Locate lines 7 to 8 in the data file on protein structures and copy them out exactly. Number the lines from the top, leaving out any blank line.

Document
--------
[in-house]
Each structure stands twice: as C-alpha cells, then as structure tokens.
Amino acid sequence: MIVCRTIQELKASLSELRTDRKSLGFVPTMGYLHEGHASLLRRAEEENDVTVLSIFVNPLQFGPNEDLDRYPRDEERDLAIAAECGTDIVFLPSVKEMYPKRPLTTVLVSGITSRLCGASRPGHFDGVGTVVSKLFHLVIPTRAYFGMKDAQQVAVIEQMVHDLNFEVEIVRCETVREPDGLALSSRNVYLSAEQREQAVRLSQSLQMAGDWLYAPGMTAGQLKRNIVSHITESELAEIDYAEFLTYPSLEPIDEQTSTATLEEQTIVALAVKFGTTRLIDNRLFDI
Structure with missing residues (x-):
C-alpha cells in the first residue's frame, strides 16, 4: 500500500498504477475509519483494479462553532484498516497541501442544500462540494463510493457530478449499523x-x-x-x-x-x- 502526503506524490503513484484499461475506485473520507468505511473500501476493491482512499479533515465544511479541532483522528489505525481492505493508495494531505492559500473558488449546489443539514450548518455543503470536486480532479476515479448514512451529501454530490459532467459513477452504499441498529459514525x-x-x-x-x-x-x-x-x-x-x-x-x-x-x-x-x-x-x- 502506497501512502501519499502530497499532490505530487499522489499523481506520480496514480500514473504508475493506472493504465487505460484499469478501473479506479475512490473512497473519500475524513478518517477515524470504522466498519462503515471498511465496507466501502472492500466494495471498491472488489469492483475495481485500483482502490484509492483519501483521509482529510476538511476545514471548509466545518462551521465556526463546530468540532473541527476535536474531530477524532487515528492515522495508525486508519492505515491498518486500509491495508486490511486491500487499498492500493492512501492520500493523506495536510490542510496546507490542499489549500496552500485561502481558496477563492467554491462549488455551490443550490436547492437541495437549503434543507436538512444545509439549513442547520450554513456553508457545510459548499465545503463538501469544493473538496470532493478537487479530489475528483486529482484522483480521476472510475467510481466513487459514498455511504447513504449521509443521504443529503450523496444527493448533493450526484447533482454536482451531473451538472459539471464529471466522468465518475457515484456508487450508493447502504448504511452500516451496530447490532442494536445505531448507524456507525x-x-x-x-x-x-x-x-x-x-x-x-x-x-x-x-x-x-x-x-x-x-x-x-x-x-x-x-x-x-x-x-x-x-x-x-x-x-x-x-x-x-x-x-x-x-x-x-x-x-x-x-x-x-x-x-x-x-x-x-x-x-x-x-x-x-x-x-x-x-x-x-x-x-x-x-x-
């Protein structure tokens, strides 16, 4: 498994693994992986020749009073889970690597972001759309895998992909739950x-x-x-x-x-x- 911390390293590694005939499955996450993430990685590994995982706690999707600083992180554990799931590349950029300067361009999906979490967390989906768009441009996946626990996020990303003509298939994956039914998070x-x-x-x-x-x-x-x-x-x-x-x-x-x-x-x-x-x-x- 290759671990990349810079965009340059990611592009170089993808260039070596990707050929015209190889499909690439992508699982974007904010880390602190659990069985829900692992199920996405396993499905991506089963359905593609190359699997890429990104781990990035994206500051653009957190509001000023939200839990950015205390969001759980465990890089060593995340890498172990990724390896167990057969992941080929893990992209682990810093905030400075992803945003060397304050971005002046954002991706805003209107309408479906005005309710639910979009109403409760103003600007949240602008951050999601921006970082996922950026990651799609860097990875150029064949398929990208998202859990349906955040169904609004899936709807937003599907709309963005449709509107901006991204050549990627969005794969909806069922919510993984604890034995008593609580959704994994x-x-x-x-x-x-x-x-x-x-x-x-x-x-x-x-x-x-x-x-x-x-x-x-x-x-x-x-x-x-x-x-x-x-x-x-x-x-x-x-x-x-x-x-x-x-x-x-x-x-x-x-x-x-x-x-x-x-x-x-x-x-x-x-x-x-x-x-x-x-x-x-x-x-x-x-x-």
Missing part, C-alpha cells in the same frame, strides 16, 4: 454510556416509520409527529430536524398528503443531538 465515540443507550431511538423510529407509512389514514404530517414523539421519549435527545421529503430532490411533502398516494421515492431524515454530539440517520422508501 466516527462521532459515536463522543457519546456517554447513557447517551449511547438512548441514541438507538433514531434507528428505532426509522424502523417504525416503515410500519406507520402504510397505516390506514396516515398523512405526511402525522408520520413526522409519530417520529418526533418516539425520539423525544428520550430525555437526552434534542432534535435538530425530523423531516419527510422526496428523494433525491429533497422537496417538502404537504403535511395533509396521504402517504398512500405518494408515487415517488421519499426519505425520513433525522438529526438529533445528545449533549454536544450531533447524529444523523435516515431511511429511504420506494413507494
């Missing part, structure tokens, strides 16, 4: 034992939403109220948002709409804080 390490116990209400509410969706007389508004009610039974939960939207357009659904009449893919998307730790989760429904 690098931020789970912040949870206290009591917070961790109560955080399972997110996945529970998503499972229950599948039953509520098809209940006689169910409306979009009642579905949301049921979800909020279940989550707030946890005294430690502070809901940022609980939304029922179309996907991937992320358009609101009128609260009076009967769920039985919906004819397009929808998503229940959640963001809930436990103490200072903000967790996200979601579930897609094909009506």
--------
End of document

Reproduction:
Missing part, C-alpha cells in the same frame, strides 16, 4: 454510556416509520409527529430536524398528503443531538 465515540443507550431511538423510529407509512389514514404530517414523539421519549435527545421529503430532490411533502398516494421515492431524515454530539440517520422508501 466516527462521532459515536463522543457519546456517554447513557447517551449511547438512548441514541438507538433514531434507528428505532426509522424502523417504525416503515410500519406507520402504510397505516390506514396516515398523512405526511402525522408520520413526522409519530417520529418526533418516539425520539423525544428520550430525555437526552434534542432534535435538530425530523423531516419527510422526496428523494433525491429533497422537496417538502404537504403535511395533509396521504402517504398512500405518494408515487415517488421519499426519505425520513433525522438529526438529533445528545449533549454536544450531533447524529444523523435516515431511511429511504420506494413507494
């Missing part, structure tokens, strides 16, 4: 034992939403109220948002709409804080 390490116990209400509410969706007389508004009610039974939960939207357009659904009449893919998307730790989760429904 690098931020789970912040949870206290009591917070961790109560955080399972997110996945529970998503499972229950599948039953509520098809209940006689169910409306979009009642579905949301049921979800909020279940989550707030946890005294430690502070809901940022609980939304029922179309996907991937992320358009609101009128609260009076009967769920039985919906004819397009929808998503229940959640963001809930436990103490200072903000967790996200979601579930897609094909009506």